5. Grant Desme, OF, B Desme is a pretty sexy prospect this year to be sure, and mostly because of his gargantuan counting stats. This year, Desme has hit 29 homers and stolen 40 bases. I'm already salivating. There isn't a doubt in my mind or anyone else's for that matter that this guy is the epitome of toolsy. Desme is a righty hitter drafted out of college and will likely see some MLB time possibly as soon as August 2010 knowing the A's. His speed is stellar, as is his baserunning ability (89% SB success rate), and his power is his most standout tool (TBC scouting report ranked it a 95 out of 100). Unfortunately, some worries accompany his seemingly unlimited potential. His plate discipline is in need of some work. He kinda needs to walk more (52 times in 540 PA), and strikeout a hair less (144!!). Make sure to watch this kid.
6. Adrian Cardenas, 2B/SS, B- I'm sure Billy Beane wants Cardenas around for a long time. Cardenas is nothing but OBP. He's a good defender, but he's nothing but OBP. Cardenas in the FSL last year hit for a .296/.364/.399 line with 17 stolen bags, and was caught stealing once. This year in AA he hit .317/.386/.436, and is having some trouble adjusting to AAA. He's certainly a good prospect and reminds me a bit of Luis Castillo with less wheels. I'm sure Cardenas will develop SOME power, but maybe when he's around 25 or 26. He's 21 now.
7. Henry Rodriguez, RHP, B- An unhittable reliever. He throws a high-90s heat and mixes it with a very nice changeup. He has a breaking ball, but he'll probably drop it soon if he hasn't recently. Should make for a spectacular closer. Last year, mainly as a starter in the CALi league, he pitched 75 innings, walked 40, and struck out 104. He allowed 57 hits, and 5 HRs to achieve a 3.96 ERA. He got absolutely rocked in 40 or so innings in the Texas League, walking and striking out about 1 per inning pitched, bringing his ERA to 7.46. Since being moved to relief duty full time, he's had a 4.94 ERA and 22 walks in 27 innings, but he's shown that he can dominate hitters very well. He's struck out 45, and allowed 18 hits. Rodriguez has time to gain command. He's a 22 year old relief prospect in AAA, so he's fine.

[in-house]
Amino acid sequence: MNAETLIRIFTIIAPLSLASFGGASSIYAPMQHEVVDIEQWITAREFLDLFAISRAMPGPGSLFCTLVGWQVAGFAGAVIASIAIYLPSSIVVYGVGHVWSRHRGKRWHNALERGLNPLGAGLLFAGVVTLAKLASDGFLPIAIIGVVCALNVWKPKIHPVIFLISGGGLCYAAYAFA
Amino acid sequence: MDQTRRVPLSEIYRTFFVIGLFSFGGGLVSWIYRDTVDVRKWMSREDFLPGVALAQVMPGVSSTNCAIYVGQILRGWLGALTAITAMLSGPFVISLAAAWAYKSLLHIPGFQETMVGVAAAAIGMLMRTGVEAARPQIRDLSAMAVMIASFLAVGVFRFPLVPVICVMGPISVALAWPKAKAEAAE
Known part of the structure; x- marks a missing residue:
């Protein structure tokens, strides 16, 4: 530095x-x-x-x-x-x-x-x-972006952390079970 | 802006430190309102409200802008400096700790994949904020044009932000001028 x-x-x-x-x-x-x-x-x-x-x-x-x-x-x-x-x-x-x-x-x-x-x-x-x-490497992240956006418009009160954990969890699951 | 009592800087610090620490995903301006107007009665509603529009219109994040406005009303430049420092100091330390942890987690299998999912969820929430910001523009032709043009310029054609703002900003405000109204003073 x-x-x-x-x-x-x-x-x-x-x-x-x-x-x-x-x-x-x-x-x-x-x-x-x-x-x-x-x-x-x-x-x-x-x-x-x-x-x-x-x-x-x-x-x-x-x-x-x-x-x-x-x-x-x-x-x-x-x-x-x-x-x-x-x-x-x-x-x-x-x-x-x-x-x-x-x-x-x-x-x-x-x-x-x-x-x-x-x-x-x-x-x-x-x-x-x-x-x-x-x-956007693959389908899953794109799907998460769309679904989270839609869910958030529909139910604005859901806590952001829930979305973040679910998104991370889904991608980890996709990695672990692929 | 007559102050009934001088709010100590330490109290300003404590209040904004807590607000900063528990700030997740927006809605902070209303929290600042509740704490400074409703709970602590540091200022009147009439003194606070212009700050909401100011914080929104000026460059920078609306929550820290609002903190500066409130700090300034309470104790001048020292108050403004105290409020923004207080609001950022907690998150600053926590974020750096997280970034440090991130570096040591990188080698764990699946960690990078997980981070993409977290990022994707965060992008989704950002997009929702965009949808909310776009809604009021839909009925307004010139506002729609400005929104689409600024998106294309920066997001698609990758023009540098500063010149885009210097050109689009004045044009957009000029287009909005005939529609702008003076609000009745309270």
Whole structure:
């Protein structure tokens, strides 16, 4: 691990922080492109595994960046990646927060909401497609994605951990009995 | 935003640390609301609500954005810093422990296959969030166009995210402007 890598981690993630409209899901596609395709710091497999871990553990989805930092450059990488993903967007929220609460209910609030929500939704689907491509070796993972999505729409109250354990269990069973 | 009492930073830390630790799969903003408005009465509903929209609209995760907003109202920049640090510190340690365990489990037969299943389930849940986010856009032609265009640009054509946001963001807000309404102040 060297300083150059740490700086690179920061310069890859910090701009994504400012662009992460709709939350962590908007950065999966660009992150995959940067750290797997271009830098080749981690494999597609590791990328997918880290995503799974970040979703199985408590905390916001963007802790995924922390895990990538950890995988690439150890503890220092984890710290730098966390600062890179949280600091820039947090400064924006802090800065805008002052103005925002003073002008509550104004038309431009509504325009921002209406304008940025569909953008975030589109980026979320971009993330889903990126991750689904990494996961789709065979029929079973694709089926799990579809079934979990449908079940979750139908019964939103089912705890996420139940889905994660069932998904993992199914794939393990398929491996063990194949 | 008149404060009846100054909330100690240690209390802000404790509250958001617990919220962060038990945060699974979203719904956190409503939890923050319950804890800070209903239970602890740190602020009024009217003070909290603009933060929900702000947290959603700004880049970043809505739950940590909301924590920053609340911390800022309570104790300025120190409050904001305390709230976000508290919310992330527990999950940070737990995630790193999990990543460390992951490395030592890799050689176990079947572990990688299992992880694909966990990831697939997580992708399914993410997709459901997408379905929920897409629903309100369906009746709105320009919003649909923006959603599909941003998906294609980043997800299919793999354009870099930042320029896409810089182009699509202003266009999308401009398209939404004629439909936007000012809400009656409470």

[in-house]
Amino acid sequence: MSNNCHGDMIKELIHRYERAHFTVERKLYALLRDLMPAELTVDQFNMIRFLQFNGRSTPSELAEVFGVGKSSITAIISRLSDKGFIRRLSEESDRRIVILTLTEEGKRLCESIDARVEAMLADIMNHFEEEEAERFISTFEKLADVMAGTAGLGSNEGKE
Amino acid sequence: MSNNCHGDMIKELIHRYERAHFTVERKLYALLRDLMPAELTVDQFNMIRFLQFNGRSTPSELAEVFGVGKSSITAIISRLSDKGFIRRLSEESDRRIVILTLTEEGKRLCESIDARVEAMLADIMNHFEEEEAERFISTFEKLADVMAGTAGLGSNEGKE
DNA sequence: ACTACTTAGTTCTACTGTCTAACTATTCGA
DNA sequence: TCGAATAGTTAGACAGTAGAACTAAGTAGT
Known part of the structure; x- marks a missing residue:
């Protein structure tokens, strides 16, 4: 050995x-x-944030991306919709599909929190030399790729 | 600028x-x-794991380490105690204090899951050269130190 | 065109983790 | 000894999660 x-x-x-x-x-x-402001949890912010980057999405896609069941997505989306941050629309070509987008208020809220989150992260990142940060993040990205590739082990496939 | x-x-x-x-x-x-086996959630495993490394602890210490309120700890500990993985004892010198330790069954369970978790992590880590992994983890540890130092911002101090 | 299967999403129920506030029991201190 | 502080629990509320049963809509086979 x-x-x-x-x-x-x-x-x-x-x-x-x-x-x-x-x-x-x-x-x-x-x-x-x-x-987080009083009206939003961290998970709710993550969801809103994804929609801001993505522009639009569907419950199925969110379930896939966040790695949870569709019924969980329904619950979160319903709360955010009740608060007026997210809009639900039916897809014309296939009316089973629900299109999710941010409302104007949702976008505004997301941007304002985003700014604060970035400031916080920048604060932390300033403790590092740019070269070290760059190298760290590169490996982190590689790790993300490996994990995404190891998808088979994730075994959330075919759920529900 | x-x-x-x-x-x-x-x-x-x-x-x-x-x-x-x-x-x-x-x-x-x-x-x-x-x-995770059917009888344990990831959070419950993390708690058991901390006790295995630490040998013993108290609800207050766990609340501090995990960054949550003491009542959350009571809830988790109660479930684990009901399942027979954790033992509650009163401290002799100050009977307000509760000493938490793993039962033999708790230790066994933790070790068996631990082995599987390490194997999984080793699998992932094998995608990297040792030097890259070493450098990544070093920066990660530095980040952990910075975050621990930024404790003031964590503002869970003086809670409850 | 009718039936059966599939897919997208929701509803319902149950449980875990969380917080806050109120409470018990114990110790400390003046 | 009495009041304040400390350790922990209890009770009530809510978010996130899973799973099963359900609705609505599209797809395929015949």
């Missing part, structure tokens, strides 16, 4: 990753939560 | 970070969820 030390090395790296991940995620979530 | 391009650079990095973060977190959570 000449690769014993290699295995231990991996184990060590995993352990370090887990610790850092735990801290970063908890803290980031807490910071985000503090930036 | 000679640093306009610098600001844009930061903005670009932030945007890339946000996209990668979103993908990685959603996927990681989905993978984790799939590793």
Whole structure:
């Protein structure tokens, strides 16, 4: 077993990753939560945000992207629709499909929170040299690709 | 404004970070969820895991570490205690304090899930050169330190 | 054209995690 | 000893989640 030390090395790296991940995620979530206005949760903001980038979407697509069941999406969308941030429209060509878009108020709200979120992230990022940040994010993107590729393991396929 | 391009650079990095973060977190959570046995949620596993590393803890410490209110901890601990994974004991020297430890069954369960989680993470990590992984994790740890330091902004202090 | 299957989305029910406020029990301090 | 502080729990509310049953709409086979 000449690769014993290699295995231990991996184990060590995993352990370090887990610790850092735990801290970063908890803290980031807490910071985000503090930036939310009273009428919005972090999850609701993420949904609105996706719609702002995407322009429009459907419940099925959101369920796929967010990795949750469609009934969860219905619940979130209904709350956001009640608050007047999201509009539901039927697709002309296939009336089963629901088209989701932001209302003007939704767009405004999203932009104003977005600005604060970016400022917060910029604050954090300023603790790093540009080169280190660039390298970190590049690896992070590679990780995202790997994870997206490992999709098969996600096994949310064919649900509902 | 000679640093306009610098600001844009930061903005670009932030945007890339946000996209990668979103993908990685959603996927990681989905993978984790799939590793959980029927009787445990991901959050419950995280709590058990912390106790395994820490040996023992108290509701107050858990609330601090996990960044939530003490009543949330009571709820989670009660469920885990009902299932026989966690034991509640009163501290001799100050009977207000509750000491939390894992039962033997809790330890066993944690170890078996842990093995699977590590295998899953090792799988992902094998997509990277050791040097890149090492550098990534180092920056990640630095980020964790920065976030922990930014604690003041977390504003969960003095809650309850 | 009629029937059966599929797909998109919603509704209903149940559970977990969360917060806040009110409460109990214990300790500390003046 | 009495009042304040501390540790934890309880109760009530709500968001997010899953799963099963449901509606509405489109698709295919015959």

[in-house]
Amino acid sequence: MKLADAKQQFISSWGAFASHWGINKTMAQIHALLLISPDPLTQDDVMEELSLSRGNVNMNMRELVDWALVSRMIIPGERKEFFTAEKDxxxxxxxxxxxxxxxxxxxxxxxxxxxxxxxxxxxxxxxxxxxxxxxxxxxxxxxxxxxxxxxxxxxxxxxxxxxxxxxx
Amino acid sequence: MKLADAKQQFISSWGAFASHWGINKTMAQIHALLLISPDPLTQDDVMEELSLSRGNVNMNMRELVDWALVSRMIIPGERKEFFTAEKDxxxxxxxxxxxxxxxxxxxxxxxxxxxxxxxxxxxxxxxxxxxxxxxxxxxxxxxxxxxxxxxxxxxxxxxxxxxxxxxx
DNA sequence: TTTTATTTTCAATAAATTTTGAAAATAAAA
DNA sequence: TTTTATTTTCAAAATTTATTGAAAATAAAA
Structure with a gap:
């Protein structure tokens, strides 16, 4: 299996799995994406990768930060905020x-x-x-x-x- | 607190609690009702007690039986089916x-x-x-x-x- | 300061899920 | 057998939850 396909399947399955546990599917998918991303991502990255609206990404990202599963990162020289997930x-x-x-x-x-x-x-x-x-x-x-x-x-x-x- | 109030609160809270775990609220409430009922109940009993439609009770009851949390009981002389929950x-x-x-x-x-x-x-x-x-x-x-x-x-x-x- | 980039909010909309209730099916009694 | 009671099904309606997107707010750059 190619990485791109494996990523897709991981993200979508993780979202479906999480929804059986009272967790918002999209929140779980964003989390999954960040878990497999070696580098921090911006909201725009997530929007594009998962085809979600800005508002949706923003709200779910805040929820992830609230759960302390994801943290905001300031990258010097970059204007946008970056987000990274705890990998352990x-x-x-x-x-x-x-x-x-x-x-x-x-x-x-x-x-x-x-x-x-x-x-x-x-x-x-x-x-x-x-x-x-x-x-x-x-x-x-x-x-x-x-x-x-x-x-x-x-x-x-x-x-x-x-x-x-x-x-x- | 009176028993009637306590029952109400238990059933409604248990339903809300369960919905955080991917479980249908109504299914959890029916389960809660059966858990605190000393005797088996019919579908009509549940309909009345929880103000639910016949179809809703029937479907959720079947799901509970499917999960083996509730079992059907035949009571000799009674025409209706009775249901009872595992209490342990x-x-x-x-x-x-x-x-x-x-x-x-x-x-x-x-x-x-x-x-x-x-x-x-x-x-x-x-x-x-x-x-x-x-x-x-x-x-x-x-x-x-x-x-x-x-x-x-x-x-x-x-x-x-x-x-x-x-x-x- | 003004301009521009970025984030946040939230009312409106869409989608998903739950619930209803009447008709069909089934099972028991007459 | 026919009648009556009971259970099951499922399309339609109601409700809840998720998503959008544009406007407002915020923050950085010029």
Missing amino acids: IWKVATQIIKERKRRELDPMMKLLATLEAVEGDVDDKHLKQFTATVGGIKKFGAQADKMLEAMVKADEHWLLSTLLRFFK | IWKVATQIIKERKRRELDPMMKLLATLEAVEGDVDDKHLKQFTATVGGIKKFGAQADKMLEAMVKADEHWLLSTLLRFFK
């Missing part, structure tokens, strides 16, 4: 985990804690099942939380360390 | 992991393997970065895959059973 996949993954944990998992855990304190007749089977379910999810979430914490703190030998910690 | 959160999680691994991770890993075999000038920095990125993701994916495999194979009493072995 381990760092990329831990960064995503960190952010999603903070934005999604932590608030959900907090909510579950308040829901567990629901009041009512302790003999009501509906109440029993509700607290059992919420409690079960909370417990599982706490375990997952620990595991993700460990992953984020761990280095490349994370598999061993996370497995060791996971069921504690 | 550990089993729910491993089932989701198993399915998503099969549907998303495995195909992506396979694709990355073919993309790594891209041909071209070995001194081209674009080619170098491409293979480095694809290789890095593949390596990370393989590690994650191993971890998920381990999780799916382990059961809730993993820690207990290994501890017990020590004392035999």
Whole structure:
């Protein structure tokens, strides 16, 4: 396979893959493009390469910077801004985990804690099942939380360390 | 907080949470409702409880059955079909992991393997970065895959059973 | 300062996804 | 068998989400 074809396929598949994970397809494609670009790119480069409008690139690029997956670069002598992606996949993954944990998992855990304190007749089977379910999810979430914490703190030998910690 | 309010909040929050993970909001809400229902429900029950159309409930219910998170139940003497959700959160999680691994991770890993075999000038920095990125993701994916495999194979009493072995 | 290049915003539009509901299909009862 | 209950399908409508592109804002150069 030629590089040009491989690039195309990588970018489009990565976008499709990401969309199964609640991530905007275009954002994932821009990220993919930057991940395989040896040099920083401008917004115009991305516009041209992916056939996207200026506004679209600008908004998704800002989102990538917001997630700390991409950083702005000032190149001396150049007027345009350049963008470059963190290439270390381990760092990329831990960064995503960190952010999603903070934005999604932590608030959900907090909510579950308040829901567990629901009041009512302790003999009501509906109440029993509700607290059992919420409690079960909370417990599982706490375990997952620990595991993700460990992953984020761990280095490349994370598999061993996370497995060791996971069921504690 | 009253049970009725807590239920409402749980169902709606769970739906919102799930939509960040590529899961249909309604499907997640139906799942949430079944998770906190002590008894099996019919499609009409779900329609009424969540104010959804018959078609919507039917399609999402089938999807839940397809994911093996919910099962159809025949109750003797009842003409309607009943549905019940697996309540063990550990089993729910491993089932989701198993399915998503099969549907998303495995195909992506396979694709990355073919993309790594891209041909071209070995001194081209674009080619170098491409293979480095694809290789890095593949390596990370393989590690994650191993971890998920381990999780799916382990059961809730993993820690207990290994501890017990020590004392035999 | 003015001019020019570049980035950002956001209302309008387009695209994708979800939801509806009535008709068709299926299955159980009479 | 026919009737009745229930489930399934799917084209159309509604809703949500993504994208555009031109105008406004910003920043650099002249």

8. Sam Demel, RHP, B- I can't say I know too much about Demel in terms of his repertoire. I know that he's destined for the bullpen and his numbers suggest that he could be a setup man or closer. He gets Ks, has solid command for a reliever, and has great makeup. Demel has a deceptive motion with a good release point that's hard for batters to pick up. He's not a hard tosser, but has great bite to his fastball. At 23 years old, he's almost ready for the bigs, and is seeing some time in AAA. He's not too big a guy but not small, standing 6'0" 200 LBs with a pretty muscular frame. In AA, he was phenominal to say the least. In 27 appearances he pitched 29.1 innings, striking out 26, walking 9, and finishing the league with a 0.61 ERA. In AAA, he's seeing his first real command struggle. In 11 appearances he's pitched 14 innings and walked 9, striking out 14 for a 1.93 ERA.
9. Shane Peterson, OF, B- Acquired from Cardinals, Peterson is an athletic young outfielder who will soon join Scott Hairston, Aaron Cunningham, Grant Desme, and Corey Brown in the running for the A's outfield of the future. Peterson will be a ripe 22-year old next year, and will likely start the year in AAA. Peterson is a refined hitter with a mature approach at the plate and works counts well, and also has a solid level swing with good bat speed. The numbers that most stick out are his batting average numbers, which between A+ and AA ball has remained rock solid in the .280 department. As he matures, Peterson should become a good everyday player.